"We shall not print the names of the witnesses, we have said why, but the reader will easily recognize the sincere and poignant accent of reality.
"One witness says:--
"'I had not taken three steps on the sidewalk, when the troops, who were marching past, suddenly halted, faced about towards the south, levelled their muskets, and, by an instantaneous movement, fired upon the affrighted crowd.
"'The firing continued uninterruptedly for twenty minutes, drowned from time to time by a cannon-shot.
"'At the first volley, I threw myself on the ground and crept along on the pavement like a snake to the first door I found open.
"'It was a wine-shop, No. 180, next door to the Bazaar de l'Industrie. I was the last person who went in. The firing still continued.
"'In this shop there were about fifty persons, and among them five or six women and two or three children. Three poor wretches were wounded when they came in; two of them died, after a quarter of an hour of horrible agony: the third was still alive when I left the shop at four o'clock; however, as I afterwards learned, he did not survive his wound.
"'In order to give an idea of the crowd on whom the troops fired, I cannot do better than mention some of the persons assembled in the shop.
"'There were several women, two of whom had come into the quarter to buy provisions for their dinners; a little lawyer's clerk, who had been sent on an errand by his master; two or three frequenters of the Bourse; two or three house-holders; several workmen, in wretched blouses, or in nothing. One of the unhappy beings who had taken refuge in the shop produced a deep impression on me. He was a man of about thirty, with light hair, wearing a gray paletot. He was going with his wife to dine with his family in Faubourg Montmartre, when he was stopped on the boulevard by the passage of the column of troops. At the very beginning, at the first discharge, both he and his wife fell down; he rose and was dragged into the wine-shop, but he no longer had his wife on his arm, and his despair cannot be described. In spite of all we could say, he insisted that the door should be opened so that he might run and look for his wife amid the grape-shot that was sweeping the street. It was all we could do to keep him with us for an hour. The next day, I learned that his wife had been killed, and her body found in the Cité Bergère. A fortnight afterwards I was informed that the poor wretch, having threatened to apply the lex talionis to M. Bonaparte, had been arrested and sent to Brest, on his way to Cayenne. Almost all the persons assembled in the wine-shop held monarchical opinions, and I saw only two, a compositor named Meunier, who had formerly worked on the Réforme, and a friend of his, who declared themselves to be Republicans. About four o'clock, I left the shop.'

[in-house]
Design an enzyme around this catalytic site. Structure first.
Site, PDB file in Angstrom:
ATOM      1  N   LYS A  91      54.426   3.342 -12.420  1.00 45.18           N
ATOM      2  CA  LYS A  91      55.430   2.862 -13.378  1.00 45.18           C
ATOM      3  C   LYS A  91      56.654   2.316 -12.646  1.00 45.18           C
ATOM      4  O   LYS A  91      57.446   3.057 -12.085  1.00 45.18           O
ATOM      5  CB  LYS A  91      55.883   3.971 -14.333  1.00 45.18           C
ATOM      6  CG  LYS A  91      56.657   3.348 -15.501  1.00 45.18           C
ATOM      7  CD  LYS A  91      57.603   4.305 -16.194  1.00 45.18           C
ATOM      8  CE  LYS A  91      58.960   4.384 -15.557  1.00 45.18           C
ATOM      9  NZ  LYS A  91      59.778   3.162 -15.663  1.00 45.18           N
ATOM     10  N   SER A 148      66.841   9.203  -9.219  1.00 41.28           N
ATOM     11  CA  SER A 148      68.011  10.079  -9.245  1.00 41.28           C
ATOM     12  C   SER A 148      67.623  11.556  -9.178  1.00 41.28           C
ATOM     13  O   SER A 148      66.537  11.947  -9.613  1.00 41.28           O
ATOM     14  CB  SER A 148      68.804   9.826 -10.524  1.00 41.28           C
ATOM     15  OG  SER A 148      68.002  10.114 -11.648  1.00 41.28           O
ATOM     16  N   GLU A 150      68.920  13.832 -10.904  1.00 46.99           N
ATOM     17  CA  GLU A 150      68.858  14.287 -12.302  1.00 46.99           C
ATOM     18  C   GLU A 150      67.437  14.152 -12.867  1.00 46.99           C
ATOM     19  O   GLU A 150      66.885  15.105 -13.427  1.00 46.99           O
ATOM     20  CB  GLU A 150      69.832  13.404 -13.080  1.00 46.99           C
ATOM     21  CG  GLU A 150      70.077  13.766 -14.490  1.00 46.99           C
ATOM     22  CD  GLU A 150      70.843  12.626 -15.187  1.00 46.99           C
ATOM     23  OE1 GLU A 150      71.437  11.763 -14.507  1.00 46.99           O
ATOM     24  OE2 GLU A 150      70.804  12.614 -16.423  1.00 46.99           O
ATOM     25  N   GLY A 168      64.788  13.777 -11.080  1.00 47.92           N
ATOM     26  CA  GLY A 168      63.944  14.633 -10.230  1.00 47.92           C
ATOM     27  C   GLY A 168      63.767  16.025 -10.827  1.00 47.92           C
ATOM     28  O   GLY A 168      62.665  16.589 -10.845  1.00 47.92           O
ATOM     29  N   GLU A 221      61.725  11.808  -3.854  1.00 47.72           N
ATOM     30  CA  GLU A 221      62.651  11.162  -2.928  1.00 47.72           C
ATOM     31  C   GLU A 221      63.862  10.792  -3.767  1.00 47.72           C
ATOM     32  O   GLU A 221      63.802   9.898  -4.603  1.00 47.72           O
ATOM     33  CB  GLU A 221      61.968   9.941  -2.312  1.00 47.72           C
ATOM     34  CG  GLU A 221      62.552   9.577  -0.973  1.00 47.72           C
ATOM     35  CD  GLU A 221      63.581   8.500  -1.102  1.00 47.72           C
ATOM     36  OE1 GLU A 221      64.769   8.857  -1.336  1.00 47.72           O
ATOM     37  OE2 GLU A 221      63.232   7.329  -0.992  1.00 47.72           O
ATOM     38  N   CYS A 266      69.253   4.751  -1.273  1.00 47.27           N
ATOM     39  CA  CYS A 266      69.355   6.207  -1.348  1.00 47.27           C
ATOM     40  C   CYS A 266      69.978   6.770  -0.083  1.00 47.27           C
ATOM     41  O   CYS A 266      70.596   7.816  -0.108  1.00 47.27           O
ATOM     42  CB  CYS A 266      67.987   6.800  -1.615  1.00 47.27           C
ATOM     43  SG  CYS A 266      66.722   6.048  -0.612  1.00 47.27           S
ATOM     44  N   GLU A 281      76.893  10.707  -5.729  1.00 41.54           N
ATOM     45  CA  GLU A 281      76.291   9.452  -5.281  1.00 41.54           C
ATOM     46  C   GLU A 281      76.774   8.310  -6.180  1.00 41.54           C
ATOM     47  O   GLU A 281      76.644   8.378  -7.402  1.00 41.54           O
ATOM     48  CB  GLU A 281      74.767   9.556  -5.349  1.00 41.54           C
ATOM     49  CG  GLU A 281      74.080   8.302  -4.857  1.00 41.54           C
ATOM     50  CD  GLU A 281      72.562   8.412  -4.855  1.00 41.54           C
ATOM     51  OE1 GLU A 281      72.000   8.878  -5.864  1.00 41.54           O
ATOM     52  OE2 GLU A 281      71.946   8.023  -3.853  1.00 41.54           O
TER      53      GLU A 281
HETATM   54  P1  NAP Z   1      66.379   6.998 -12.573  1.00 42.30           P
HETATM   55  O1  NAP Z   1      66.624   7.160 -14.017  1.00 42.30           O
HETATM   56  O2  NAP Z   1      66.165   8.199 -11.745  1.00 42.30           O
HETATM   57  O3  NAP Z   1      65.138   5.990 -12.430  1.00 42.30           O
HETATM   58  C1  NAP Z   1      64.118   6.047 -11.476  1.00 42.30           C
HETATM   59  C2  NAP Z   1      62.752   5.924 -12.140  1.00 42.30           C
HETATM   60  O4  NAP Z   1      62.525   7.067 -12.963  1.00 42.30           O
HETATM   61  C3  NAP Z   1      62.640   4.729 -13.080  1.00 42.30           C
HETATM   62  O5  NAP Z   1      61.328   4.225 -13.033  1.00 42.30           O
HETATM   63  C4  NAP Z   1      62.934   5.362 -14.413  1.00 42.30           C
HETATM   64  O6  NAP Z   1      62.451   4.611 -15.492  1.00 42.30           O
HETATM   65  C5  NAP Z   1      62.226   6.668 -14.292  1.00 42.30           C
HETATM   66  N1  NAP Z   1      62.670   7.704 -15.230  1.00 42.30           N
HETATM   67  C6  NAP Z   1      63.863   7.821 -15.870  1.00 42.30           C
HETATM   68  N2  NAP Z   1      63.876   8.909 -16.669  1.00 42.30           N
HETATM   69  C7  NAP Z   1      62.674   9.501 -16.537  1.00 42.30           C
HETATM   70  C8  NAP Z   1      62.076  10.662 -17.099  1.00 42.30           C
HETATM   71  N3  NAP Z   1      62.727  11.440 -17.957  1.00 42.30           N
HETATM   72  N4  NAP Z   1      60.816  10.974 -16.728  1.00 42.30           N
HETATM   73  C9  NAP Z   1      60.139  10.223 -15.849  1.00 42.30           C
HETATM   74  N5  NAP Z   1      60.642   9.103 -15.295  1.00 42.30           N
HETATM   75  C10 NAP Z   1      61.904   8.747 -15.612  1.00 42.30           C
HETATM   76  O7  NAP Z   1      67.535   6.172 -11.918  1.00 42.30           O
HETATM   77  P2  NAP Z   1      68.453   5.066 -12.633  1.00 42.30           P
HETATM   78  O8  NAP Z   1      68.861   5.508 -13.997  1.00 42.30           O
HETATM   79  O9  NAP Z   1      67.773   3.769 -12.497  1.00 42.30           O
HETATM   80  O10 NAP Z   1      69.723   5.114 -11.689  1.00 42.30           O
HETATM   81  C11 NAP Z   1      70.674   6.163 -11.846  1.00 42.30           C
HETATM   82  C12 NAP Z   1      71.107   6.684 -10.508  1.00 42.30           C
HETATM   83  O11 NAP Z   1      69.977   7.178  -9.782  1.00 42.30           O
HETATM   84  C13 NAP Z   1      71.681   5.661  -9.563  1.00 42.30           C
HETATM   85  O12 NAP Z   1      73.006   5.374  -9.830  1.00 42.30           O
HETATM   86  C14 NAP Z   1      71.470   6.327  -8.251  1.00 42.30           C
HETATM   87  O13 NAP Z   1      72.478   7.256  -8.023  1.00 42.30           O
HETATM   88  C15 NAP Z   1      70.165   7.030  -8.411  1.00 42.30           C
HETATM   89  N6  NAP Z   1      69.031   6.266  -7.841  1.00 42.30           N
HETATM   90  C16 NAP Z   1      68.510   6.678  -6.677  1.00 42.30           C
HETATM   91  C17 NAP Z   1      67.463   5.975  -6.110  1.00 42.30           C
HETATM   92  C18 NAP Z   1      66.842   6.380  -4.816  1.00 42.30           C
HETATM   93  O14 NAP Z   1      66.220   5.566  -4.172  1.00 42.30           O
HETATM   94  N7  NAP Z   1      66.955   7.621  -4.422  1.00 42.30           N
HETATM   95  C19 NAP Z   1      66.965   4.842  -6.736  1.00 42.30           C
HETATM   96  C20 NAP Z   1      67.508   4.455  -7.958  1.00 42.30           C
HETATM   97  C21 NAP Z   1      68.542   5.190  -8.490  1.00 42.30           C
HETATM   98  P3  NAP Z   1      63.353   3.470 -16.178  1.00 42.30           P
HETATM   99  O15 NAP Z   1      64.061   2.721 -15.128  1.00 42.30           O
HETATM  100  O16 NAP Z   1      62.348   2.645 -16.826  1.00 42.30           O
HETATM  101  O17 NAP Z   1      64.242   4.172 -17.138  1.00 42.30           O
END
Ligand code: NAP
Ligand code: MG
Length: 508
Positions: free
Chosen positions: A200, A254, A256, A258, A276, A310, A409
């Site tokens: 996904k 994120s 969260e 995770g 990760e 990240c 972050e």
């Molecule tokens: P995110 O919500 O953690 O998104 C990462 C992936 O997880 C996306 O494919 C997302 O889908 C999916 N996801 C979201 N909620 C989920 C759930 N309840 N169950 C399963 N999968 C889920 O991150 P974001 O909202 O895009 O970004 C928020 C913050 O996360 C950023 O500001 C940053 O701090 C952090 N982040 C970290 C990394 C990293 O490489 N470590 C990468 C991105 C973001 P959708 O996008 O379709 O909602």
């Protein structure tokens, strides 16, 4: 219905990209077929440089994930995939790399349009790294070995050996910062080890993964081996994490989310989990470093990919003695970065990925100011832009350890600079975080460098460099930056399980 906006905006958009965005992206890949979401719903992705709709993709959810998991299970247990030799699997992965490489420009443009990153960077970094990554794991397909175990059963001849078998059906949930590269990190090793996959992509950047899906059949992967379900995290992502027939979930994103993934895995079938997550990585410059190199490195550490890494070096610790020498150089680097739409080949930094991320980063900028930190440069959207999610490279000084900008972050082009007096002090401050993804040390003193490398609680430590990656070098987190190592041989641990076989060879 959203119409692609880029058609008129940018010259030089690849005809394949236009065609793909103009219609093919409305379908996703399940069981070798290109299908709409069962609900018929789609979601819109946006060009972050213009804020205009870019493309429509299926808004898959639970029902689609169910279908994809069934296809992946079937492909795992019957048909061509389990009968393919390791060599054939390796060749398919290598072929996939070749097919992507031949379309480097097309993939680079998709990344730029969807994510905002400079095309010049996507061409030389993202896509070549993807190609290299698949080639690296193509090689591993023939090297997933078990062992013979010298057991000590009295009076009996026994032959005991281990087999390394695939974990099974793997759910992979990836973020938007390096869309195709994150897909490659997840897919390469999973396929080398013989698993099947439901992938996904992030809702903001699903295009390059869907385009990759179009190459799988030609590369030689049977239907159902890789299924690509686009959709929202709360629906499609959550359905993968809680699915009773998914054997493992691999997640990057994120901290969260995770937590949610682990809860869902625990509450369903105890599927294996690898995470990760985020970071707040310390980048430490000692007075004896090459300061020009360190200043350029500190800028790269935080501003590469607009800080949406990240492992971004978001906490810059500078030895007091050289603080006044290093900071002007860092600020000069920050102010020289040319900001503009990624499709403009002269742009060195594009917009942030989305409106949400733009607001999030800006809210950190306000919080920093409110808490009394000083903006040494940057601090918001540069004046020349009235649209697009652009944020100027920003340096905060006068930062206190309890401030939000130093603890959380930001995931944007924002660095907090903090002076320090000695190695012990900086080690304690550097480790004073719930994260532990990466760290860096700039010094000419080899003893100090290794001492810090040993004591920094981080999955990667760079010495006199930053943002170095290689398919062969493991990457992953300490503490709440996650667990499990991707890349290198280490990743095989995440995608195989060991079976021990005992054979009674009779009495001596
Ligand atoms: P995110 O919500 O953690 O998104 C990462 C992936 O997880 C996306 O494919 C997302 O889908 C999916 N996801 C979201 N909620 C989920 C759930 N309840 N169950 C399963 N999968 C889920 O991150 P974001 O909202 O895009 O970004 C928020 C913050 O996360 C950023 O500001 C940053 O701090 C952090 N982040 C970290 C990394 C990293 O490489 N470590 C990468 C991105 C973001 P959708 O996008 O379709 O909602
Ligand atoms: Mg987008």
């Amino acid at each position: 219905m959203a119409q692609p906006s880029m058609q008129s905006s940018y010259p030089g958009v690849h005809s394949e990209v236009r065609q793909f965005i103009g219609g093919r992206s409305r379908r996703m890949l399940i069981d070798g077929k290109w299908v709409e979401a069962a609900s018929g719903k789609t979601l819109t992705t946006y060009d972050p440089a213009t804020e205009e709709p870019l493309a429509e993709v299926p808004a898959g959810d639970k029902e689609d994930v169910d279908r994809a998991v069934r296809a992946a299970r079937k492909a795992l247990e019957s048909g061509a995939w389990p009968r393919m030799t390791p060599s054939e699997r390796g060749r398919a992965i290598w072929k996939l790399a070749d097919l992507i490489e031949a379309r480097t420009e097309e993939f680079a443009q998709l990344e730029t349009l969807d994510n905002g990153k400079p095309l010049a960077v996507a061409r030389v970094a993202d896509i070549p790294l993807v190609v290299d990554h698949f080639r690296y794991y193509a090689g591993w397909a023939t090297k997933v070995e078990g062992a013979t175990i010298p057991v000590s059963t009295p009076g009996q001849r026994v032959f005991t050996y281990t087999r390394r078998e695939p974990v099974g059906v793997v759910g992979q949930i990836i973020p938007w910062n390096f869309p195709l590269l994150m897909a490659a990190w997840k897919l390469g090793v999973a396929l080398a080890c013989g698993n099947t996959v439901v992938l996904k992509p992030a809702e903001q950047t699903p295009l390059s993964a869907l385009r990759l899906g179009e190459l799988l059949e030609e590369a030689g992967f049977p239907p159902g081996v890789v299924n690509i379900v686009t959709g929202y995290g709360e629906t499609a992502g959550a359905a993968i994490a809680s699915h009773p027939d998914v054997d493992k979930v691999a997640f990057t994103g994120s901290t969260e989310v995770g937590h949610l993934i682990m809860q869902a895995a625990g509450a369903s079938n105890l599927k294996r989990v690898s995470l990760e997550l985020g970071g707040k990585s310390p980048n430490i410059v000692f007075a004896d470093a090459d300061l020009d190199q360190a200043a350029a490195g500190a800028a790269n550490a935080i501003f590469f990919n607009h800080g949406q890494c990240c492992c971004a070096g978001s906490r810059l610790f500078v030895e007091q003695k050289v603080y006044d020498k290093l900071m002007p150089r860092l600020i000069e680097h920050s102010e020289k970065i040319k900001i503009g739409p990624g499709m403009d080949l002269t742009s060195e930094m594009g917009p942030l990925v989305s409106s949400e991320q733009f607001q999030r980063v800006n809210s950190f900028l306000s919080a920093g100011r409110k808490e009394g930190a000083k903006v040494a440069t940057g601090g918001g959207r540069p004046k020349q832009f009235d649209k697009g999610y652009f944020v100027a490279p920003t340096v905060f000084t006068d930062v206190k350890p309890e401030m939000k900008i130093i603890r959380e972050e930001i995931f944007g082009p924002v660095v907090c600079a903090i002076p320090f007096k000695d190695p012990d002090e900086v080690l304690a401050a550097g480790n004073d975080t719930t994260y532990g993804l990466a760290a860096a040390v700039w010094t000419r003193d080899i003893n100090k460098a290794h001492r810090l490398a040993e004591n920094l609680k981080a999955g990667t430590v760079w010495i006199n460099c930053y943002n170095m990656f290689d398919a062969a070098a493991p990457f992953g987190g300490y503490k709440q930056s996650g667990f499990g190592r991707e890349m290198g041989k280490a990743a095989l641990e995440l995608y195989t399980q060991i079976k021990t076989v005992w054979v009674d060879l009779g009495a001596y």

"Another witness, one of those who fancied he heard the pistol-shot on Rue de Mazagran, adds:--
"'This shot was a signal to the soldiers for a fusillade on all the houses and their windows, the roar of which lasted at least thirty minutes. The discharge was simultaneous from Porte Saint-Denis as far as the Café du Grand Balcon. The artillery soon took part with the musketry.'
"Another witness says:--
"'At quarter past three, a singular movement took place. The soldiers who were facing Porte Saint-Denis, suddenly faced about, resting on the houses from the Gymnase, the Maison du Pont-de-Fer, and the Hôtel Saint-Phar, and immediately, a running fire was directed on the people on the opposite side of the way, from Rue Saint-Denis to Rue Richelieu. A few minutes were sufficient to cover the pavement with dead bodies; the houses were riddled with balls, and this paroxysm of fury on the part of the troops continued for three quarters of an hour.'
"Another witness says:--
"'The first cannon-shots aimed at the barricade Bonne-Nouvelle served as a signal to the rest of the troops, who fired almost simultaneously at every one within range of their muskets.'
"Another witness says:--
"'No words are powerful enough to describe such an act of barbarity. One must himself have seen in order to be bold enough to speak of it, and to attest the truth of so unspeakable a deed.'
"'The soldiers fired thousands and thousands of shots--the number is inappreciable--on the unoffending crowd, and that without any sort of necessity. There was a desire to produce a deep impression. That was all.'
 The witness means incalculable, but we have preferred to change nothing in the original depositions.
"Another witness says:--
"'The troops of the line, followed by the cavalry and the artillery, arrived on the boulevard at a time when the general excitement was very great. A musket-shot was fired from the midst of the troops, and it was easy to see that it had been fired in the air, from the smoke which rose perpendicularly. This was the signal for firing on the people and charging them with the bayonet without warning. This is a significant fact, and proves that the military wanted the pretence of a motive for beginning the massacre which followed.'
"Another witness tells the following tale:--
"'The cannon, loaded with grape-shot, cut up all the shop-fronts from the shop Le Prophète to Rue Montmartre. From Boulevard Bonne-Nouvelle they must have fired also on the Maison Billecoq, for it was struck at the corner of the wall on the Aubusson side, and the ball, having traversed the wall, penetrated the interior of the house.'
"Another witness, one of those who deny the shot, says:--
"'People have endeavoured to excuse this fusillade and these murders, by pretending that the troops had been fired on from the windows of some of the houses. Not only does General Magnan's official report seem to deny this rumour, but I assert that the discharge was instantaneous from Porte Saint-Denis to Porte Montmartre, and that there was not, previously to the general discharge, a single shot fired separately, either from the windows or by the soldiers, from Faubourg Saint-Denis to Boulevard des Italiens.'